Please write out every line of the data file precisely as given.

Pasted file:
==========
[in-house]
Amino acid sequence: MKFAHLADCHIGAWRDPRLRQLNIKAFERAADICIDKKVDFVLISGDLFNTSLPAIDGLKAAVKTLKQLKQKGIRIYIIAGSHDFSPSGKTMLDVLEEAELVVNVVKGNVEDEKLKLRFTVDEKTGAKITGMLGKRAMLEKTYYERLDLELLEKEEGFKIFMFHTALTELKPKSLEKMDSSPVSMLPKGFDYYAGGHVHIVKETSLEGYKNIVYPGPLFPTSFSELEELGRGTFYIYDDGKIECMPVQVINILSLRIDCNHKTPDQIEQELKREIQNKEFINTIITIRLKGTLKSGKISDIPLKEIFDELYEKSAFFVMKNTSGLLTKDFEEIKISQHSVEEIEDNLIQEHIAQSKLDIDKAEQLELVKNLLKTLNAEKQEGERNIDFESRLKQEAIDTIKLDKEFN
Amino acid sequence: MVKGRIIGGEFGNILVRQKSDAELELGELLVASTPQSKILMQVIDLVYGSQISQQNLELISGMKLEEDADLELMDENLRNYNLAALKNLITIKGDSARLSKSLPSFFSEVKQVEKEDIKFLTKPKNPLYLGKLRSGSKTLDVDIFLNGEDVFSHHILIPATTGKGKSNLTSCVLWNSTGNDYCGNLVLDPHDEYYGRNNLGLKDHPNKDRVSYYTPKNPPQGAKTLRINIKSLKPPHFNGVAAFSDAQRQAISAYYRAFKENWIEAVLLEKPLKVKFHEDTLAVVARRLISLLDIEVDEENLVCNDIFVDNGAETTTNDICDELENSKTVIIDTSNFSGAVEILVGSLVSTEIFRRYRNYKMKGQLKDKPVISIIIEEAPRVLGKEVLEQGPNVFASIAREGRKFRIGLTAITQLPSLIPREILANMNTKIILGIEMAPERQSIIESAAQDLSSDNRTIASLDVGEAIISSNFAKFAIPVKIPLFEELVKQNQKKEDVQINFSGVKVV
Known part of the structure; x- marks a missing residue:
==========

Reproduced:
[in-house]
Amino acid sequence: MKFAHLADCHIGAWRDPRLRQLNIKAFERAADICIDKKVDFVLISGDLFNTSLPAIDGLKAAVKTLKQLKQKGIRIYIIAGSHDFSPSGKTMLDVLEEAELVVNVVKGNVEDEKLKLRFTVDEKTGAKITGMLGKRAMLEKTYYERLDLELLEKEEGFKIFMFHTALTELKPKSLEKMDSSPVSMLPKGFDYYAGGHVHIVKETSLEGYKNIVYPGPLFPTSFSELEELGRGTFYIYDDGKIECMPVQVINILSLRIDCNHKTPDQIEQELKREIQNKEFINTIITIRLKGTLKSGKISDIPLKEIFDELYEKSAFFVMKNTSGLLTKDFEEIKISQHSVEEIEDNLIQEHIAQSKLDIDKAEQLELVKNLLKTLNAEKQEGERNIDFESRLKQEAIDTIKLDKEFN
Amino acid sequence: MVKGRIIGGEFGNILVRQKSDAELELGELLVASTPQSKILMQVIDLVYGSQISQQNLELISGMKLEEDADLELMDENLRNYNLAALKNLITIKGDSARLSKSLPSFFSEVKQVEKEDIKFLTKPKNPLYLGKLRSGSKTLDVDIFLNGEDVFSHHILIPATTGKGKSNLTSCVLWNSTGNDYCGNLVLDPHDEYYGRNNLGLKDHPNKDRVSYYTPKNPPQGAKTLRINIKSLKPPHFNGVAAFSDAQRQAISAYYRAFKENWIEAVLLEKPLKVKFHEDTLAVVARRLISLLDIEVDEENLVCNDIFVDNGAETTTNDICDELENSKTVIIDTSNFSGAVEILVGSLVSTEIFRRYRNYKMKGQLKDKPVISIIIEEAPRVLGKEVLEQGPNVFASIAREGRKFRIGLTAITQLPSLIPREILANMNTKIILGIEMAPERQSIIESAAQDLSSDNRTIASLDVGEAIISSNFAKFAIPVKIPLFEELVKQNQKKEDVQINFSGVKVV
Known part of the structure; x- marks a missing residue: